Sunday 8th Sept – tea and cake day at Tollesbury – and 2 TSC boats arrive at EYC’s superb new club house for round 9 of the GP 14 travellers series. Built on stilts right on the waterfront the conditions looked idyllic from the balcony at both ends of the day but what we experienced as the tide and wind picked up during the racing made Tollesbury and the Blackwater feel like a millpond. It was their regatta w/e with lots of youngsters racing along with the historic Hamble Star dinghies and also some cruisers taking part. EYC’s officers and rescue boat crews were doing a fantastic job managing the racing and setting different courses to suit the various boats and the experience of their crews.
The starts – slow h/c, fast h/c then GP14s were in Anchor Wharf Bay, out of the tide and close under the shore and a large wind turbine; the wind was fluky to say the least. The windward leg was short and we then turned down river, it generally paid to stay inshore (on the Kent side) as there was less tide and even an eddy ,however, with the gusts backing to the south the temptation to bear of into the tide was too great and infact it worked in R1 as we arrived at the leeward mark (a mile or so down river on the Essex side) with the leaders. The beat/close reach sometimes, up the Essex shore was very fast and with the wind and tide increasing the water was getting steadily rougher. We then had to re-cross the river back to the C’tee boat before beating in the bay back up to the windward mark.
With R1 successfully completed confidence grew but with R2 shipping began to appear along with rain squalls and more wind. The safety RIBs started to act like safety cars! Obviously it is unsafe to blast across under spinnaker in front of a fast moving bulk carriers so the RIB blows whistles and you are held back (or returned) until you can pass through the wash under its stern. (DSQ if you ignore all of this) This is great if the normal boats are leading as it gives everybody else another chance and could even completely change the race order. It is difficult to judge relative speeds so the RIB driver has quite a responsibility deciding whether to let the boats cross the river. It didn’t always work in our favour as sometimes the fleet can get split in half and in R3 a good mid fleet position got reversed leaving us near the back! R2 was great for Richard and John who finished 2nd. By R3 Jilly and I were getting a bit like dazed rabbits and after being buffeted about by the wash from yet more ships (including an RN corvette and a frigate) began to get indecisive about the gybes and capsized near the leeward mark, the ‘safety car’ stood by as we sorted ourselves out amongst soggy Marmite sandwiches, Nicky’s cake and disintegrating pork pies (fortunately we had eaten the Mars bars left from the ROI race)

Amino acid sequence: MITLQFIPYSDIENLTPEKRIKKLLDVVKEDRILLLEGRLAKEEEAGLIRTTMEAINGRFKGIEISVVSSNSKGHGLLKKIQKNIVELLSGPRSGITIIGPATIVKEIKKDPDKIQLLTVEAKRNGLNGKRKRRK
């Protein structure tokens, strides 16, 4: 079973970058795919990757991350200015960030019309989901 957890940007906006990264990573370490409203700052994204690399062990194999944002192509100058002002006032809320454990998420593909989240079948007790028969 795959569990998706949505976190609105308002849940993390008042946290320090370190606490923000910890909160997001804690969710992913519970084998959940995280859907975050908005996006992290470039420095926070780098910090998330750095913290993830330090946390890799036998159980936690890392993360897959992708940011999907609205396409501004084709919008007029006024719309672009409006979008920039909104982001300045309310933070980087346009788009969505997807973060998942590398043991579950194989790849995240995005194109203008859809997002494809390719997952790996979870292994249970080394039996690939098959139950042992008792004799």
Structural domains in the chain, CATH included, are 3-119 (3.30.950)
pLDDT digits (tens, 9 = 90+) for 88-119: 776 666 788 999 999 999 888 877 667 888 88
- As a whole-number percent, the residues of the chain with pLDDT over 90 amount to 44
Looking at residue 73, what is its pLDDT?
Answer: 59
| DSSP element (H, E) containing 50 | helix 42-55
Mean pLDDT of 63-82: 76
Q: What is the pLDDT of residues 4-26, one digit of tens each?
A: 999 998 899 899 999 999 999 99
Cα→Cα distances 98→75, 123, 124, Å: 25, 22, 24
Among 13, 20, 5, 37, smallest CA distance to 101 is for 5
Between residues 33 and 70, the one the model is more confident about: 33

Back on shore the only consolation was that Richard and John had also had to retire following a capsize even earlier in the same race. Nevertheless, it was an excellent effort as they hadn’t sailed together before and Richard has not sailed a GP competitively for 20 years . I think we were the only GP capsizes which was rather ironic as we were the only sea sailors in the fleet and they don’t get many ships on the Harp! Packing up in the rain was a bit grim but tea and cake in the club revived us. Our old friend Richard Lord-probably the oldest competitor won but he had easily had the youngest (girl as) crew. Lesley Sharp was the only lady helm and Jilly the only other lady crew. EYC used to have GP14s and part of David Innes’s strategy in taking us to new venues is to show off the versatility and seaworthy nature of (most) the boats as compared to more modern designs.